It requires 21 days to overcome an addiction. According to psychologists, while it takes around 21 days of conscious and continuous effort to form a new habit, it takes far longer to break an established one.
What is rapid opiate detox?
During a rapid detox treatment, a patient is placed under anesthesia for four to six hours while opioid antagonist medications (such as naltrexone) “kick out” the opioid substances, such as heroin or prescription opioids. As the individual is sedated during the process, this method is intended to circumvent the discomfort and pain of opioid withdrawal.
What is the long-term success rate of rapid opiate detox?
The long-term success depends on various factors, including the rapid detox treatment, the patient’s physical and mental condition, and the availability of appropriate support. The quality of aftercare a patient receives after a detoxification process is crucial.
Although the objective of rapid detox is to eliminate the body’s physical reliance on opioids, not all centers provide the same degree of care. Researching the rapid detox center’s reputation and services is essential.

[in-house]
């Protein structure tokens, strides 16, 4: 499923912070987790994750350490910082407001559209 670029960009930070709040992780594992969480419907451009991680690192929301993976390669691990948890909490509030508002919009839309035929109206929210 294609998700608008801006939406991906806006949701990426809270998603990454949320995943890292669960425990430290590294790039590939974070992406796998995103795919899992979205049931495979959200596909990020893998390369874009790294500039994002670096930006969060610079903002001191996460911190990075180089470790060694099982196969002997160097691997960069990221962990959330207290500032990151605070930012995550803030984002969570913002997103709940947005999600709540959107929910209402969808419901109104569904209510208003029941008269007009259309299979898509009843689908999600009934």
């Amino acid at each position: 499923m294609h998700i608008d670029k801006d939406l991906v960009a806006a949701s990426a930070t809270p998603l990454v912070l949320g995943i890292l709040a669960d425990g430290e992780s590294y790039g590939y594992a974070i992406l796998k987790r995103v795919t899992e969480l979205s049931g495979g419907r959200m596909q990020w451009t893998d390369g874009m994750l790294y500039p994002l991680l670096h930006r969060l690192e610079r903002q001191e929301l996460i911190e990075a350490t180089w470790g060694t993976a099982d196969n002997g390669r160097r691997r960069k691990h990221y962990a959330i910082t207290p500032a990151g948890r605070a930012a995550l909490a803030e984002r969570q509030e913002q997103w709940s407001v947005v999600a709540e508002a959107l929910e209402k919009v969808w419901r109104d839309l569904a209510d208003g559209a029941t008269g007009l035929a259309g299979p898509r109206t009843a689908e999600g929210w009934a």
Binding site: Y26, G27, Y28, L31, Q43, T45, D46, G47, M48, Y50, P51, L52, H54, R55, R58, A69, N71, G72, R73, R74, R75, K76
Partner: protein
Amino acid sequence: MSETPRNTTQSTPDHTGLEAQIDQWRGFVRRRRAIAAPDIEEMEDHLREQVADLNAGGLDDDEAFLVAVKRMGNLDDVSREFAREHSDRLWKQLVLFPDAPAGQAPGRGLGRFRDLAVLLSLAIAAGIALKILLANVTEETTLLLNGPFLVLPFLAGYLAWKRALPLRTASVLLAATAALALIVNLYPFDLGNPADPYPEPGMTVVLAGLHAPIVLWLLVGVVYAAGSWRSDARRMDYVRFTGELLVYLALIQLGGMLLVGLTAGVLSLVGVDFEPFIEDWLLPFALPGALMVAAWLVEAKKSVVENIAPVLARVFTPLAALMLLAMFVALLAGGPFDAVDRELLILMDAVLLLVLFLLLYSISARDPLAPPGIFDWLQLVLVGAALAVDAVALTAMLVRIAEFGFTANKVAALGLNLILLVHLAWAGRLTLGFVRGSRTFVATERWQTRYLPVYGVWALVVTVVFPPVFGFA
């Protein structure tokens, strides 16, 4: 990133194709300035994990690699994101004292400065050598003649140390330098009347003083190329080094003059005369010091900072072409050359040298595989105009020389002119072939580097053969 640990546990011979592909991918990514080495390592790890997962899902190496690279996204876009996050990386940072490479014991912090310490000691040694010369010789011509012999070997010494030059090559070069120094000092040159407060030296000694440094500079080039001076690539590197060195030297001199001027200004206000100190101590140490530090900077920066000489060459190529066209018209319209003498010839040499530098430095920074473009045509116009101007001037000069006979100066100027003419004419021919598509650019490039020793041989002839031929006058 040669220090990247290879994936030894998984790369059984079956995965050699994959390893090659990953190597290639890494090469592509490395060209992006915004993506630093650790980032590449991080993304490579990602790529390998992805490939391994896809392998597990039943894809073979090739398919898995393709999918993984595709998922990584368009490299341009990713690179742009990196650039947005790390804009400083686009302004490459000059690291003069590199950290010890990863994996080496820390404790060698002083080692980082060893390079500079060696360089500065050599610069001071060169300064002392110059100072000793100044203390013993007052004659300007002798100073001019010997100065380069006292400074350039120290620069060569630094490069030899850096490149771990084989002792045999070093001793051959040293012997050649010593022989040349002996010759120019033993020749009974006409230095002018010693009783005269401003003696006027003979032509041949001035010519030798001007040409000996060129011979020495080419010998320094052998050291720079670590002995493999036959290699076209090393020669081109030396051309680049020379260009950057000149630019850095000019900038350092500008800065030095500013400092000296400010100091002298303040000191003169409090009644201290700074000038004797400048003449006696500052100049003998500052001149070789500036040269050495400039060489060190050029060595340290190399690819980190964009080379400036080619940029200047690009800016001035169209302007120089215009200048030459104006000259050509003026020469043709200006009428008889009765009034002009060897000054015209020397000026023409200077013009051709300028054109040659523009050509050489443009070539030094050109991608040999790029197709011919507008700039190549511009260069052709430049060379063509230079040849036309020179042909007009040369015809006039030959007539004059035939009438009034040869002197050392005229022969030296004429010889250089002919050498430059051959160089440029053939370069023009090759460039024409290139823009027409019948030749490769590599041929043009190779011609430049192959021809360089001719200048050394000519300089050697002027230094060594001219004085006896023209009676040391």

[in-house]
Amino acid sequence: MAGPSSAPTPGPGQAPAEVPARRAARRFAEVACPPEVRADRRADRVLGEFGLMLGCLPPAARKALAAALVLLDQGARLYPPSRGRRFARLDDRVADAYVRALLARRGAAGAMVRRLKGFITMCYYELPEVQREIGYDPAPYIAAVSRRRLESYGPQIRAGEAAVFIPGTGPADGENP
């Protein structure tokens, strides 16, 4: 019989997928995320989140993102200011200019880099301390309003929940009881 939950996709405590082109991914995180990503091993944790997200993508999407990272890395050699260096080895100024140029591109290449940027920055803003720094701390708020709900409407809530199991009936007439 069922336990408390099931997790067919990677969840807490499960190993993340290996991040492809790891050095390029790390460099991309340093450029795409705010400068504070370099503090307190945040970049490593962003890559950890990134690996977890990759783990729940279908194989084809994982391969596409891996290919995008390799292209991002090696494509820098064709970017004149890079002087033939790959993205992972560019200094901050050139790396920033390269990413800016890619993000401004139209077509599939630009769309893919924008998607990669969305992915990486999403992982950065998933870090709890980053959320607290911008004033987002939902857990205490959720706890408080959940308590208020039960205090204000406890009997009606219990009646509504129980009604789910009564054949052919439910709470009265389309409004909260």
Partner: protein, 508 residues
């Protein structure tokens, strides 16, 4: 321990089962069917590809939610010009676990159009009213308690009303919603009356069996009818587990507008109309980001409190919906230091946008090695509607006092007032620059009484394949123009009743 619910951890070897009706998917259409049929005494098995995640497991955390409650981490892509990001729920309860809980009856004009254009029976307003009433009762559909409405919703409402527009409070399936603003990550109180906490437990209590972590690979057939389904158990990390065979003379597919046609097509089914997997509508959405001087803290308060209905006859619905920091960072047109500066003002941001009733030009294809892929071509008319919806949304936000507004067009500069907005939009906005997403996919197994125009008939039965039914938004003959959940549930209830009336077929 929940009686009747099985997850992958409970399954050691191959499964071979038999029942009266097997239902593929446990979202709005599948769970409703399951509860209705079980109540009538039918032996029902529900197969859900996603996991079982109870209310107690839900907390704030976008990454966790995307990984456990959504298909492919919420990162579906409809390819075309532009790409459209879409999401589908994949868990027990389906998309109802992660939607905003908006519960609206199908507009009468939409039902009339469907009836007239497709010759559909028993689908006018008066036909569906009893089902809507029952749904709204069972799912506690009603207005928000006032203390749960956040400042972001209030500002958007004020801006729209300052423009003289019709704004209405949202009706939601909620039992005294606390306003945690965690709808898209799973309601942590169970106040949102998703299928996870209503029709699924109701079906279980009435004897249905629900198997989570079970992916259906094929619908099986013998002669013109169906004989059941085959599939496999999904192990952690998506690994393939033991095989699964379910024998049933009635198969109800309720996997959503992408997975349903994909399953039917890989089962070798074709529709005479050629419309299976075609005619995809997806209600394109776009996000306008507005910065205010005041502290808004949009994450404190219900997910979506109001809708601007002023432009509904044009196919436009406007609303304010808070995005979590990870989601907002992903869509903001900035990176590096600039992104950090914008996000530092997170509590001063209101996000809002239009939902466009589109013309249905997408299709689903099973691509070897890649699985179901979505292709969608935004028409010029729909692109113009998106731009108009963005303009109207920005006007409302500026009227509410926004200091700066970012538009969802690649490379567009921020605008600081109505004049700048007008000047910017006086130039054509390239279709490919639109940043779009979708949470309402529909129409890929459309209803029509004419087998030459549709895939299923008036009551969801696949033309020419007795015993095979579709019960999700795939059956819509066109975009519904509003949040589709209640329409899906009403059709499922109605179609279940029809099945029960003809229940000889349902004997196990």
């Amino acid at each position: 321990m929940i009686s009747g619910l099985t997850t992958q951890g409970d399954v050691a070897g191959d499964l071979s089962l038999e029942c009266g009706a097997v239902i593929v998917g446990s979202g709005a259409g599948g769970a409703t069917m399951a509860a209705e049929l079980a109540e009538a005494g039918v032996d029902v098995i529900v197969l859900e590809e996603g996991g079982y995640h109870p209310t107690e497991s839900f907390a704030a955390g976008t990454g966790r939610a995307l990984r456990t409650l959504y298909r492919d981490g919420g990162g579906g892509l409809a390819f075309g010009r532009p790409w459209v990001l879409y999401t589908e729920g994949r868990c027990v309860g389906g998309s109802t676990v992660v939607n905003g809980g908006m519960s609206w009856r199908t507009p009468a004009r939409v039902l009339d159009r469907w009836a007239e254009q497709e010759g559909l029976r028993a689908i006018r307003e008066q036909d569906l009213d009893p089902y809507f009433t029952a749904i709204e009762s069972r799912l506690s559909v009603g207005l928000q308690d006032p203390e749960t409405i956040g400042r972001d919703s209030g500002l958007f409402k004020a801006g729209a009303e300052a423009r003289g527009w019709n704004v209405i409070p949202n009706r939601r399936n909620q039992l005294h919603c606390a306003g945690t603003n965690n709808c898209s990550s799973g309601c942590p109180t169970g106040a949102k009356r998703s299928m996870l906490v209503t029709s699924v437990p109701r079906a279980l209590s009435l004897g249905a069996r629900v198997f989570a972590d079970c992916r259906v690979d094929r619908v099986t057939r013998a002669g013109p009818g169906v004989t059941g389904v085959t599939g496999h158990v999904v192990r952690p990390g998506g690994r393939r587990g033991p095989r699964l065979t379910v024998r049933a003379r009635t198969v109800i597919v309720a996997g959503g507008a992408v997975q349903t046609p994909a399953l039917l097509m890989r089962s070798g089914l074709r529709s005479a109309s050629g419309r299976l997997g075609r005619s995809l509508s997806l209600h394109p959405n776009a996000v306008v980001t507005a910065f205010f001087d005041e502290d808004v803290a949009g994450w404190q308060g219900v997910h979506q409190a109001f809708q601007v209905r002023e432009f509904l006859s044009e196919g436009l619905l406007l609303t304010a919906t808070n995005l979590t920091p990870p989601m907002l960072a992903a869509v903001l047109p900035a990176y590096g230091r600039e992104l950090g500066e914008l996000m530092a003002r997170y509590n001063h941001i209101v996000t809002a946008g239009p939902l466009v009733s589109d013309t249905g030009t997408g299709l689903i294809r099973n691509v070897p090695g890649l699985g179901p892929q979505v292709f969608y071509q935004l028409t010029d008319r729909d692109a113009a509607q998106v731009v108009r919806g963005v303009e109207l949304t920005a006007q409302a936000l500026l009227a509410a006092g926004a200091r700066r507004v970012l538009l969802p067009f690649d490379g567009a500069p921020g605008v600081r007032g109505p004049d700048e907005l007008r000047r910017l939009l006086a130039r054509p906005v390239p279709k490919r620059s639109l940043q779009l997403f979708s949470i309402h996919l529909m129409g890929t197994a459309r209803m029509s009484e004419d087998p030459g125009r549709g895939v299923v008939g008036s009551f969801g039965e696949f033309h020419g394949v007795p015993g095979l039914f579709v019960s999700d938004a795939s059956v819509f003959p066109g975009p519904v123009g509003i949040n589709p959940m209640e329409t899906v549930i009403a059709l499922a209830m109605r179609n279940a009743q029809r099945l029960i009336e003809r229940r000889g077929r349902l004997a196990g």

Find Support At The Haven
The Haven Detox is a respected detox center that offers a comprehensive range of detox programs. These programs are tailored to the individual needs of our patients.
Our opiate detoxification program provides the most advanced ambulatory care and therapies to aid those with opioid dependence and addiction. However, treatment concentrates on cleansing the mind and body as quickly and safely as feasible.
If you or a loved one are addicted to painkillers and want to quit, you should enroll in our reputable detox program. Contact us at (561) 328-8627 for more information about our addiction treatment programs.